The name of the righteous is used in blessings, but the name of the wicked will rot.
Who has been a blessing to you? What name (s) comes to mind? Possibly your parents, a close family member or friend, a sibling, or your spouse. But have you considered your epitaph? What will they say about your when you’re gone?
In my role as pastor, I often sat with the bereaved soon after losing loved ones. In those times, much was said about the character and behavior of the deceased. Favorite memories were shared on the positive qualities of the dearly departed.
I recall an occasion at a viewing (wake) for a church member when there was more laughing than crying. That’s because the elderly man who had died brought so much joy and laughter to his family and friends. It became so raucous that his sister whistled loudly and called them down. Then she realized that silence was an inappropriate remembrance of a man who had a knack for making people laugh. The sister shed a few tears and then burst out laughing as she recalled something he had done. The crowd went back to honoring the man who had often blessed them by lifting their spirits.
Once I was called upon by a member of the community to preside over a funeral for his son, a member of a biker gang. He apologized in advance for the unknown circumstances I might encounter. And yes, his friends arrived on bikes. It was the only time I witnessed a rowdy crowd at a viewing or a beer party in the parking lot. But the next day at the funeral they were stoic and quiet as if at a loss for words. After the service, they followed the procession to the cemetery on their motorcycles. When the graveside ceremony concluded they stayed and watched as the casket was lowered into the ground and covered with dirt. They sat there for the longest, silently staring at the grave. Obviously, their friend had impacted their lives.
It’s not just church-going folks who have fond memories of their deceased friends. And you don’t have to be a Christian to be a blessing to someone. However, a closer look at our focus text reveals how we should aspire to bless others. “The name of the righteous is used in blessings…” (Proverbs 10:7a)
To be a blessing, in a general sense, is to make a person happy or content. Anybody can do that. But the blessing God desires from His people is rooted in righteousness. More specifically, for the Christian it means to be set apart unto the Lord for His good purposes. We live to honor Him and thus become a blessing to others.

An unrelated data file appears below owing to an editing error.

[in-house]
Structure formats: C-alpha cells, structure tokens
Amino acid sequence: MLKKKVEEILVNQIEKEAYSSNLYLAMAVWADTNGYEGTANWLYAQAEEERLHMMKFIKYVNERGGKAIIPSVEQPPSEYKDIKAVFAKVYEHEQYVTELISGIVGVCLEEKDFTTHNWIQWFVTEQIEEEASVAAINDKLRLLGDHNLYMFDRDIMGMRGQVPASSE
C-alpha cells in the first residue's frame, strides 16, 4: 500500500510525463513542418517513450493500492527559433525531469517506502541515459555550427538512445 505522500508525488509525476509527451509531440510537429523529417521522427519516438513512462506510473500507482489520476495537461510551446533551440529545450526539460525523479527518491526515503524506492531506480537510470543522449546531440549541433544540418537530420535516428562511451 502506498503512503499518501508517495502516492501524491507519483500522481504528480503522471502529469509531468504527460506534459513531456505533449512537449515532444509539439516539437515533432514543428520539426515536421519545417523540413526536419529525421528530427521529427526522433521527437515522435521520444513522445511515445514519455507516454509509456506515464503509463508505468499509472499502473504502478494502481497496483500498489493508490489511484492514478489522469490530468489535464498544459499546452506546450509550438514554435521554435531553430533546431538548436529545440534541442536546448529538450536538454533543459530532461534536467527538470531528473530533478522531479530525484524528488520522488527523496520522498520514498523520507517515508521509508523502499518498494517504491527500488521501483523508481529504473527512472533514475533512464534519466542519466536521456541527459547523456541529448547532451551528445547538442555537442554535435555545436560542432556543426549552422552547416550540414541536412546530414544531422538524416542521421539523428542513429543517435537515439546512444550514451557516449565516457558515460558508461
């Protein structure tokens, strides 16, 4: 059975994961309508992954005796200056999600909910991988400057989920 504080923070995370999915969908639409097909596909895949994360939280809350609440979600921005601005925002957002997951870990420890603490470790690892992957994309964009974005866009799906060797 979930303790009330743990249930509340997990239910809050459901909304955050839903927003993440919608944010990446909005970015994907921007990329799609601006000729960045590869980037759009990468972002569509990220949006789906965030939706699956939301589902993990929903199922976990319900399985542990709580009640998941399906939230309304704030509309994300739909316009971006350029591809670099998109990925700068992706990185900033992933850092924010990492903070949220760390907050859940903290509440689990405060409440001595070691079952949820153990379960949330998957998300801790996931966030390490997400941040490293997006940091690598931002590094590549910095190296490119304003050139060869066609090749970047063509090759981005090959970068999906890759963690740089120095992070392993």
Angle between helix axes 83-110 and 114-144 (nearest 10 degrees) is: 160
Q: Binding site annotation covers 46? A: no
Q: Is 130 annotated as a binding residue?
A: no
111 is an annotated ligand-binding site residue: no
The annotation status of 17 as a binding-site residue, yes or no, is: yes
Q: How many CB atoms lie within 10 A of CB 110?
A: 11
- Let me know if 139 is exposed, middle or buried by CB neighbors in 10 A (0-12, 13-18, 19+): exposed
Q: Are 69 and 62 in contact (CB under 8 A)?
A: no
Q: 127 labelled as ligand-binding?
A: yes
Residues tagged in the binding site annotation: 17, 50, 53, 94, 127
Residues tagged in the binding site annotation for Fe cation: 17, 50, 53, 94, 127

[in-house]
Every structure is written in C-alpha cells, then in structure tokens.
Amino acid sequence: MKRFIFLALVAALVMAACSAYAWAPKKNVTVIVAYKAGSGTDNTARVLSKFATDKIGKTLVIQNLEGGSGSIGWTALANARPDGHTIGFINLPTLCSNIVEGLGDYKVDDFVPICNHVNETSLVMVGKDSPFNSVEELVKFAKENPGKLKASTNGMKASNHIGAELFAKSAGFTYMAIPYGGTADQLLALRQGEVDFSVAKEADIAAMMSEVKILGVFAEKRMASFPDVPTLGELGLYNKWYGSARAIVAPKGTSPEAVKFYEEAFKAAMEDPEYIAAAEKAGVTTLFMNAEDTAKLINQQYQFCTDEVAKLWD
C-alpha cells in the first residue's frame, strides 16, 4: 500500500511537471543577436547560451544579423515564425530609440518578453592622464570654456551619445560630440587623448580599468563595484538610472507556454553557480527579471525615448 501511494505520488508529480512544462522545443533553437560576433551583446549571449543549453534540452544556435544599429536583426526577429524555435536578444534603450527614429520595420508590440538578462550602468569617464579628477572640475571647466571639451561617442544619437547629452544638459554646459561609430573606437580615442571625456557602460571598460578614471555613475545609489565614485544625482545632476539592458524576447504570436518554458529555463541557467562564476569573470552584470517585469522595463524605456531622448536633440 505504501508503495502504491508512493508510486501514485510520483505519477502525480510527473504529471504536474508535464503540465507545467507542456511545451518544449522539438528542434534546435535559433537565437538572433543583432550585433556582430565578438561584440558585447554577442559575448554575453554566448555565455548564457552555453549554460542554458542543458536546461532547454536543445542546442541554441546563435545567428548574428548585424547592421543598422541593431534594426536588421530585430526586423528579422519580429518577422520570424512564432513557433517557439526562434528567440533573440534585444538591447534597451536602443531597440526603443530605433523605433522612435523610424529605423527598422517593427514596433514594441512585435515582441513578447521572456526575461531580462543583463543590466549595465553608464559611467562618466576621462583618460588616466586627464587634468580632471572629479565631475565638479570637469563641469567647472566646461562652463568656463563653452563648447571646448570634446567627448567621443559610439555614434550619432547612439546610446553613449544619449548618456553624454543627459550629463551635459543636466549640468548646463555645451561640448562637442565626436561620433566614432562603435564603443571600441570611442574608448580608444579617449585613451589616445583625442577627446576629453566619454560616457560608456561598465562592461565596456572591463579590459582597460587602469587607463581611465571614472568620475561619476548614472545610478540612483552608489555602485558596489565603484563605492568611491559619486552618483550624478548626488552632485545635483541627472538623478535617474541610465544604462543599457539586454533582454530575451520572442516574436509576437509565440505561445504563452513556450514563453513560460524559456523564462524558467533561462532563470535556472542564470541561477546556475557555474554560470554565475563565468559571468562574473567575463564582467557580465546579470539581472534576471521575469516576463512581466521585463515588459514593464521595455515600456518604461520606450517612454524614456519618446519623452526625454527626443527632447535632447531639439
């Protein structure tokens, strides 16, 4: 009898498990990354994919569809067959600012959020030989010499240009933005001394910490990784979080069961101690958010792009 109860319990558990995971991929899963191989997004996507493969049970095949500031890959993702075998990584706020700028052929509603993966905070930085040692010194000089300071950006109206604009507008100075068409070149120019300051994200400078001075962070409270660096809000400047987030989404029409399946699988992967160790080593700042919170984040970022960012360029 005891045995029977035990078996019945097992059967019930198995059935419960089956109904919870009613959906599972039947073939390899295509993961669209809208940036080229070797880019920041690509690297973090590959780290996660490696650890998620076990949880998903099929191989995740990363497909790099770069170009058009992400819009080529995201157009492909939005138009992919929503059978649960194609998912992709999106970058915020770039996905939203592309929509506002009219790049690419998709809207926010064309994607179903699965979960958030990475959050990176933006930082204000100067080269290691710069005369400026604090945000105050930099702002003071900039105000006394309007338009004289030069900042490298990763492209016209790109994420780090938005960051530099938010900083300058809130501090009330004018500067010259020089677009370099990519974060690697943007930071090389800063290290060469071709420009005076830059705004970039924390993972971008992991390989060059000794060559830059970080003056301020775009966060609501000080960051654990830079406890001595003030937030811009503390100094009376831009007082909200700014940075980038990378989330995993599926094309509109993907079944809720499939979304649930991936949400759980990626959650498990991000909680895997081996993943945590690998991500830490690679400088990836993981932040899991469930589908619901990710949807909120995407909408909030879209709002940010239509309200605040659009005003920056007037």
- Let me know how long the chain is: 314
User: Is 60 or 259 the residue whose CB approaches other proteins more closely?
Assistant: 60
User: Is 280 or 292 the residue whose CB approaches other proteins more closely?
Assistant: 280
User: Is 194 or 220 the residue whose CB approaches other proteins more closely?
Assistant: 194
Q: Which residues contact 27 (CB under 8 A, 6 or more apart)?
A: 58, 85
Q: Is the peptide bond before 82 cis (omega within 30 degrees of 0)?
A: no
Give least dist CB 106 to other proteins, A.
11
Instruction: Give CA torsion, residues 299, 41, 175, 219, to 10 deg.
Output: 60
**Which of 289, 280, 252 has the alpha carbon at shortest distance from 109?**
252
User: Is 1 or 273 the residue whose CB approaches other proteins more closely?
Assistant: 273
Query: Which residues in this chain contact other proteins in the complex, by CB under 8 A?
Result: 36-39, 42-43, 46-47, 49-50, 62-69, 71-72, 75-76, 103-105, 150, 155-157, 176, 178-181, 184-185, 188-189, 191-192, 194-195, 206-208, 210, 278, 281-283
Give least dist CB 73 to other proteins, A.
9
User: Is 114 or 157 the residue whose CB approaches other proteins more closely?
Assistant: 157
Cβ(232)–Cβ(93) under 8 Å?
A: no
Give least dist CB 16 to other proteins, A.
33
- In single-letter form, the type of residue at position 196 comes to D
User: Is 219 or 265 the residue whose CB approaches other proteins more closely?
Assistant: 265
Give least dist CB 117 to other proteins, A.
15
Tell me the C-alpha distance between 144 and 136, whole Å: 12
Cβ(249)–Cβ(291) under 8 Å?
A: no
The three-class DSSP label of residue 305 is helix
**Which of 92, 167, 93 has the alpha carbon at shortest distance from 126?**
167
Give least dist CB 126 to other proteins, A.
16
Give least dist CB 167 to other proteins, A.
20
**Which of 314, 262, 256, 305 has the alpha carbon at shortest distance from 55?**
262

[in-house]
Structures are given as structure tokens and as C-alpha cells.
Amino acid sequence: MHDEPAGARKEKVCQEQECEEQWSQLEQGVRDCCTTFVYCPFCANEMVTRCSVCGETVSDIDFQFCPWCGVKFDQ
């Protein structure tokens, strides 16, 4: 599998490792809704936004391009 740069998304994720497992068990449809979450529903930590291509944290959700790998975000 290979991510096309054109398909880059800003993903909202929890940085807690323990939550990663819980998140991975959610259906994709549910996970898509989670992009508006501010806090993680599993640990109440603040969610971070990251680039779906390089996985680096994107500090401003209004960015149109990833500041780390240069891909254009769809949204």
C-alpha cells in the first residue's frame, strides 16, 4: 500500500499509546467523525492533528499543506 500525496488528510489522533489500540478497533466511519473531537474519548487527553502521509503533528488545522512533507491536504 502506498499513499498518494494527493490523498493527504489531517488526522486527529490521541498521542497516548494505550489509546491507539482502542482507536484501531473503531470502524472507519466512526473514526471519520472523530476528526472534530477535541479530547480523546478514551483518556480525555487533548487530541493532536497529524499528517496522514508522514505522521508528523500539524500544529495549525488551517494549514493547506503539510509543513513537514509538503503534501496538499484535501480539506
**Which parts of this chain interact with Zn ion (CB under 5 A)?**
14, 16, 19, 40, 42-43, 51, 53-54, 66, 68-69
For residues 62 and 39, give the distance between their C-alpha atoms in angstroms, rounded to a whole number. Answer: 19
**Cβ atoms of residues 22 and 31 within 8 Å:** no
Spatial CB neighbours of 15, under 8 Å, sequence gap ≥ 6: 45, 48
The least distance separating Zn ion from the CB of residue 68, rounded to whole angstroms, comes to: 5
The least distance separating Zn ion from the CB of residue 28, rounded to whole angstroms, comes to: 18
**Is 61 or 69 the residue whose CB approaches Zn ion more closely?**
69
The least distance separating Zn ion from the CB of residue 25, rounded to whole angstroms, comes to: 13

What will they say about you when you’re gone?” You have control over the answer to the question by the way you live your life and touch others. Righteous living produces a positive report that honors God.
Notice what our focus verse says about those who embrace a wicked lifestyle. “…the name of the wicked will rot.” Not a flattering picture of the outcome of one’s life.
My wife and I recently had a discussion about how it seems that a good name is no longer desirable as it once was. The emphasis is no longer on BUILDING character, but on BEING a character. Our culture honors the deeds of the wicked and deplores the actions of righteousness.
Back to the question, “What will they say about you when you’re gone?”
If you’re like me, you hope they’ll say good things when you’re gone. But more important is what the Lord has to say. Matthew 25:23 comes to mind. “Well done, good and faithful servant… Come and share your master’s happiness!”
More important than pleasing man is pleasing God. And the first step toward gaining His good pleasure is accepting the gift of His Son as your Savior. Without that, all the accolades of man will, as our focus text says, “rot.”
His pleasure is not in the strength of the horse, nor his delight in the legs of the warrior; the Lord delights in those who fear him, who put their hope in his unfailing love. Psalm 147:10-11
For more on this topic, check out this article: When Distance Separates Your From Those You Love
Reprinted from The Forever Notebook, Book 4 (October – December) Get your copy here: Paperback and eBook/Kindle formats.